CINCINNATI — President Barack Obama lodged an unfair-trade complaint against China on Monday and immediately used it as a wedge against Republican challenger Mitt Romney.
Obama told voters in Ohio, where the auto industry is important, of his administration's new push for the World Trade Organization to sanction China for subsidizing exports of vehicles and auto parts — and costing American jobs.
Romney responded quickly and dismissively. Obama "may think that announcing new trade cases less than two months from Election Day will distract from his record, but the American businesses and workers struggling on an uneven playing field know better," the Republican said.
Referring to his own criticism of Obama, he said, "If I'd known all it took to get him to take action was to run an ad citing his inaction on China's cheating, I would have run one long ago."
Romney allies tried to dampen growing complaints that the campaign fumbled opportunities at its August convention, on foreign unrest and, most crucially, on the U.S. economy, which is seen as Obama's weakest point.
Campaign adviser Ed Gillespie, in a conference call with reporters, said voters want more details about Romney's tax and spending proposals, and he promised they will come. "We're not rolling out new policies," Gillespie said, but the campaign wants people to "understand when we say we can do these things, here's how we're going to get them done, and these are the specifics."
Obama, however, continued to taunt Romney for gaps in his deficit-cutting promises. It wasn't immediately clear when Romney might start offering more specifics.
Deficit hawks have long urged politicians of all stripes to tell voters the painful truth that services must be cut and/or taxes must be raised to slow federal deficit spending.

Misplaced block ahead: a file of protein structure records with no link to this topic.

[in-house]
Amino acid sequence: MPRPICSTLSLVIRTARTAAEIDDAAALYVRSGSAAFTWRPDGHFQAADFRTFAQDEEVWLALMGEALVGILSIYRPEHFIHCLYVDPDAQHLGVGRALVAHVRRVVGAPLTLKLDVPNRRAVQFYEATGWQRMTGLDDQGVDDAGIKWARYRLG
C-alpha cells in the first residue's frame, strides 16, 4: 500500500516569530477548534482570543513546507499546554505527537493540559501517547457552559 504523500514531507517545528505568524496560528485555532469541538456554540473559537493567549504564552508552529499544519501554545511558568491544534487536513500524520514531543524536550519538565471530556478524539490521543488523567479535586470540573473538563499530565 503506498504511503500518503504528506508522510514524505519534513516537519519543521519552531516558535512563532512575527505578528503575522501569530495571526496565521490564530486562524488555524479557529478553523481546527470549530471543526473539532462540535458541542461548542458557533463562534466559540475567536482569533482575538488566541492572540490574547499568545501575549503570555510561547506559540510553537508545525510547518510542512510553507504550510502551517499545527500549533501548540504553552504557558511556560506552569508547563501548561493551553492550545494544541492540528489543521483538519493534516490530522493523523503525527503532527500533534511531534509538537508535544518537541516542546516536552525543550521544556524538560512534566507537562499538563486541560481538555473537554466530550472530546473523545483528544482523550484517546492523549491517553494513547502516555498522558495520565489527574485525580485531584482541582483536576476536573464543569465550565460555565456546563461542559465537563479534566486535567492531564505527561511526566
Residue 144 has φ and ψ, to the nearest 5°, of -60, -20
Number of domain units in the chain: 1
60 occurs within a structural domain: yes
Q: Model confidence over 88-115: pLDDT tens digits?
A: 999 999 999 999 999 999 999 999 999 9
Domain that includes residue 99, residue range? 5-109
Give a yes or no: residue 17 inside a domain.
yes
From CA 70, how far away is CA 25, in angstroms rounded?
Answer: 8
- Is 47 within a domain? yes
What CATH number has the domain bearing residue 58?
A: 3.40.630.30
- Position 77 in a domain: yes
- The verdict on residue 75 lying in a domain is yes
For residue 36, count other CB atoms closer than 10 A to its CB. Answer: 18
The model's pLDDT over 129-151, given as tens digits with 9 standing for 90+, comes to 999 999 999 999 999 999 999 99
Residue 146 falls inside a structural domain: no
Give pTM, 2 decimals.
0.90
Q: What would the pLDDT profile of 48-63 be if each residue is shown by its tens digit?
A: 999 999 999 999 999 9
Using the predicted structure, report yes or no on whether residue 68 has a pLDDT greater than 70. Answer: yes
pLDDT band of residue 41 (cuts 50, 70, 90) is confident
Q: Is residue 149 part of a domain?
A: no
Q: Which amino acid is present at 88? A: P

Romney addressed another sensitive area Monday, immigration, in his speech to the U.S. Hispanic Chamber of Commerce in Los Angeles.
He pledged to work with both parties to "permanently fix our immigration system." He said a fair and efficient system would never be achieved "if we do not first get control of our borders."
The careful language underscored the fine line Romney must walk between appealing to Latino voters and angering conservatives who oppose proposals for pathways to citizenship for some illegal immigrants.
Republican activists have watched with growing concern as opinion polls suggest Obama has opened a small lead over Romney since the parties' late-summer conventions. Some conservative writers have complained for months that Romney needs to put more details behind his pledges to tame the deficit while also preserving all tax cuts and expanding military spending.
On Sunday, POLITICO reported significant tension and disarray in the Romney campaign. Particularly chaotic, according to the account, were efforts to draft Romney's acceptance speech at the Tampa convention. The speech drew lackluster reviews in general, and rebukes from some for making no mention of U.S. troops in Afghanistan and Iraq.
Romney played down the reports in an interview with Telemundo. "I've got a terrific campaign," he said. "My senior campaign people work extraordinarily well together. I work well with them."